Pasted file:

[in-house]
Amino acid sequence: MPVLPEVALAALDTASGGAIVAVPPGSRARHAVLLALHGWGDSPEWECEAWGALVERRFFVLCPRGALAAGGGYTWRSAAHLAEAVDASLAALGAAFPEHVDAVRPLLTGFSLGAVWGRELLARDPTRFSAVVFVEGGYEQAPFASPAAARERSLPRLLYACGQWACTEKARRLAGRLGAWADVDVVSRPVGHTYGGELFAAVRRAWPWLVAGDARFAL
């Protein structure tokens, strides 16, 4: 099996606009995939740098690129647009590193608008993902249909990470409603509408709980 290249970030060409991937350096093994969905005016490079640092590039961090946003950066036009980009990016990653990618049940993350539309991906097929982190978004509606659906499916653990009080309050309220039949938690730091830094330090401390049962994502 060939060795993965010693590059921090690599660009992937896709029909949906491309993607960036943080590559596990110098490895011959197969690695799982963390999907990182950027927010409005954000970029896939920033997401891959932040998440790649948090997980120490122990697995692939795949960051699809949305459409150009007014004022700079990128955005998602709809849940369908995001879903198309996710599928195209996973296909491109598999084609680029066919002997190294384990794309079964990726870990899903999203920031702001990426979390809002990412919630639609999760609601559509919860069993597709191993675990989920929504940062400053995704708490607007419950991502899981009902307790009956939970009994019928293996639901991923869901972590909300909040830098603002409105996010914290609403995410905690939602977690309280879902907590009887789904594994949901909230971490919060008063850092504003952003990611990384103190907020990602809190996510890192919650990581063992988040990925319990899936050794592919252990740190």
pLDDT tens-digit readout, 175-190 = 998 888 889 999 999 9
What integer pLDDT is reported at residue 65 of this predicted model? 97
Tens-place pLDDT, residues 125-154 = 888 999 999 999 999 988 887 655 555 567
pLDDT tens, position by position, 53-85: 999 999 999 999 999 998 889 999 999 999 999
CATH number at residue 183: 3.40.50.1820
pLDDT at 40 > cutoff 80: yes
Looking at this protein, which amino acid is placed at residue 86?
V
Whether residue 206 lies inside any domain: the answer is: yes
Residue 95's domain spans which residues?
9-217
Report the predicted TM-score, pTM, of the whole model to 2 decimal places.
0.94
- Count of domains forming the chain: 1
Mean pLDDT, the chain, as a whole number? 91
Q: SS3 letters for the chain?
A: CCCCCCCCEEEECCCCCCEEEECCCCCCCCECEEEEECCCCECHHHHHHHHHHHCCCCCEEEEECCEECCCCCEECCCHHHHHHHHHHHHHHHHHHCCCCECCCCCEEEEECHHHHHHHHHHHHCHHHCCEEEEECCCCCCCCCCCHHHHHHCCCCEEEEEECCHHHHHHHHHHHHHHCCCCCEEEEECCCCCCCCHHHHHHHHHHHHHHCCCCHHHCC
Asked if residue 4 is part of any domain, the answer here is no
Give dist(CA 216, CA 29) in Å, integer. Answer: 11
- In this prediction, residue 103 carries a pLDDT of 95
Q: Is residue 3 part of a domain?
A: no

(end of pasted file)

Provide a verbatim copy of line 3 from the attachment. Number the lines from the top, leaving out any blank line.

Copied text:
């Protein structure tokens, strides 16, 4: 099996606009995939740098690129647009590193608008993902249909990470409603509408709980 290249970030060409991937350096093994969905005016490079640092590039961090946003950066036009980009990016990653990618049940993350539309991906097929982190978004509606659906499916653990009080309050309220039949938690730091830094330090401390049962994502 060939060795993965010693590059921090690599660009992937896709029909949906491309993607960036943080590559596990110098490895011959197969690695799982963390999907990182950027927010409005954000970029896939920033997401891959932040998440790649948090997980120490122990697995692939795949960051699809949305459409150009007014004022700079990128955005998602709809849940369908995001879903198309996710599928195209996973296909491109598999084609680029066919002997190294384990794309079964990726870990899903999203920031702001990426979390809002990412919630639609999760609601559509919860069993597709191993675990989920929504940062400053995704708490607007419950991502899981009902307790009956939970009994019928293996639901991923869901972590909300909040830098603002409105996010914290609403995410905690939602977690309280879902907590009887789904594994949901909230971490919060008063850092504003952003990611990384103190907020990602809190996510890192919650990581063992988040990925319990899936050794592919252990740190």